- Your Consultant
- Green Growth
Last week, the VN-Index reached an all-time high of 1,300 points as investor optimism soared due to prospects of an economic surge in the context of nationwide vaccinations and favourable supporting policies.
Banks are seen as proxies for the health of the US economy. Their shares were in the doldrums around this time last year when global commerce ground to a halt. But over the past few months, stocks have bounced back. The index returned to a record in March, topping its prior high from 2007.
|Hoang Viet Phuong, head of Research at SSI|
This year’s annual general shareholders' meeting (AGM) season has nearly ended, with equity capital raises just beginning. In particular, the two most heavily-weighted sectors (banking and property) combined represent over 50 per cent of the VN-Index and are expected to be the most active.
There are, however, some specific names where we are even more optimistic: VietinBank, Techcombank, and Vietcombank. We also have VPBank, TPBank, and Sacombank on our watchlist as they may have surprising upside relating to capital raising plans (VPBank, TPBank) and a turnaround story after the settlement of legacy assets (Sacombank). In the property sector, our current top picks are Nam Long Investment Corporation (NLG), Development Investment Construction JSC (DIG), and Dat Xanh Group JSC (DXG) which will be the beneficiaries of infrastructure improvements in Ho Chi Minh City and neighbouring areas while offering strong earnings growth prospects in 2021.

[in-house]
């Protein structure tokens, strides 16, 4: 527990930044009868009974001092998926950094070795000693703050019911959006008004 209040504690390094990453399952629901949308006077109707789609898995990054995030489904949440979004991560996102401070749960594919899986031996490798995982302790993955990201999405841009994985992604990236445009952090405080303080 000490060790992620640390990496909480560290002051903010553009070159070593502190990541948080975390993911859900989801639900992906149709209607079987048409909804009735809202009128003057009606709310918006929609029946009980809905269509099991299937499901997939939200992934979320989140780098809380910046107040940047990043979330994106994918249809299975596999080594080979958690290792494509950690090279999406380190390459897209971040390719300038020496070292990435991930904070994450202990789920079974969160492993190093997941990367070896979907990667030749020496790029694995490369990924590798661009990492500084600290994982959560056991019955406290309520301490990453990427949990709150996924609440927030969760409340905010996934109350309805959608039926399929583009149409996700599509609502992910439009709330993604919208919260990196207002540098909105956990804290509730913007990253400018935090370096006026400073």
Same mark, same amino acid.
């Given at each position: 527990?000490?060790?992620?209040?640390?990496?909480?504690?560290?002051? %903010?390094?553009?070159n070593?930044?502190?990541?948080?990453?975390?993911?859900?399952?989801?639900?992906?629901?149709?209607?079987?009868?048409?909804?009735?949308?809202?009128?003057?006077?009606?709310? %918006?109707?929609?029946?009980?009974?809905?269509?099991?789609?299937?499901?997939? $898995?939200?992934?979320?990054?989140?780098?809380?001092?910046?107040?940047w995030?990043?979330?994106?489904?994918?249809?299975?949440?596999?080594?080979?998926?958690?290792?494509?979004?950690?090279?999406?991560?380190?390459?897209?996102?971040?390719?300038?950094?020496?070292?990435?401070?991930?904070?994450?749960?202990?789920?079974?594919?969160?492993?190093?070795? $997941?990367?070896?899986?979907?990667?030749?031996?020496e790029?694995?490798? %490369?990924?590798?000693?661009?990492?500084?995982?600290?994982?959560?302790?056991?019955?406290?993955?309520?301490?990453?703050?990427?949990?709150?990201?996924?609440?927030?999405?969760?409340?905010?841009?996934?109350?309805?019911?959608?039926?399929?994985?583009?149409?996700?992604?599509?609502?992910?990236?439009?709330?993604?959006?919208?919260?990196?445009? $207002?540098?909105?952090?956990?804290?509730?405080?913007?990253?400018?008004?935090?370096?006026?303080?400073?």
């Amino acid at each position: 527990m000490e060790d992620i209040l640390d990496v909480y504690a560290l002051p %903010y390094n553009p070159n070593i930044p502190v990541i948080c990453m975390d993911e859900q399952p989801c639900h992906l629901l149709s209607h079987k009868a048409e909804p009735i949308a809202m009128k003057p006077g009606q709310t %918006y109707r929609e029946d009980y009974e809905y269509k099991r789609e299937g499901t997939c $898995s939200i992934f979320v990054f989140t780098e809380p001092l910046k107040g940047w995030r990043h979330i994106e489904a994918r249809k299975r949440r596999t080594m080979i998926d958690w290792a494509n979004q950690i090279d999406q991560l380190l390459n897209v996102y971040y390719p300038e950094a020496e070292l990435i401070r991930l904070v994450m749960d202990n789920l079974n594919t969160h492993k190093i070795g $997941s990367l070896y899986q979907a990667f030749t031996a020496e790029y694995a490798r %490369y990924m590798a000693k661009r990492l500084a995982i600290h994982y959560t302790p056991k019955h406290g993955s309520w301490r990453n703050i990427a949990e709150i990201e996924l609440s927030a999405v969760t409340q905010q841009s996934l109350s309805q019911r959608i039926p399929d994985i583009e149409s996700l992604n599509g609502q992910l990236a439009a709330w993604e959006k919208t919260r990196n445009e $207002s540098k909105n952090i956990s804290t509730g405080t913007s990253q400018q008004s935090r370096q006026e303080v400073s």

We are of the view that the domestic banking sector will be the largest beneficiary as their recapitalisation plans will fuel stronger operations. Many privately-run banks including Techcombank and VPBank were significantly recapitalised in 2017 and 2018 while state-owned banks like Vietcombank and BIDV had their capital reinforced during 2019. Since then, credit growth at listed banks has outstripped equity growth while more stringent Basel II standards were adopted across the sector since 2019. Banks require greater capital buffers to maintain their current growth momentum during the pandemic.
This year, no less than 16 listed banks under SSI coverage plan to significantly raise charter capital in 2021. In detail, the charter capital at these banks is set to increase VND82.7 trillion ($3.6 billion) (up 31 per cent on-year), VND61.8 trillion ($2.69 billion) or 75 per cent of which is expected to be raised via share splits; VND18.3 trillion ($795.66 million) or 22 per cent from private placements and/or rights issuance events, and VND2.6 trillion ($113 million) or 3 per cent will be issued via employee stock ownership plans (ESOPs).
Since 2020, the State Bank of Vietnam (SBV) restricted bank payments of cash dividends. Instead, the SBV encouraged stock dividends or buying back outstanding Vietnam Asset Management Company (VAMC) bonds. The only exception was that cash dividends could be paid by state-owned banks (Vietcombank, VietinBank, and BIDV) where a cash dividend was specifically requested by the State Treasury. State-owned bank stock dividends in 2021 are supported by Decree No.121/2020/ND-CP which allows the government to inject capital into banks where there is over 50 per cent state ownership.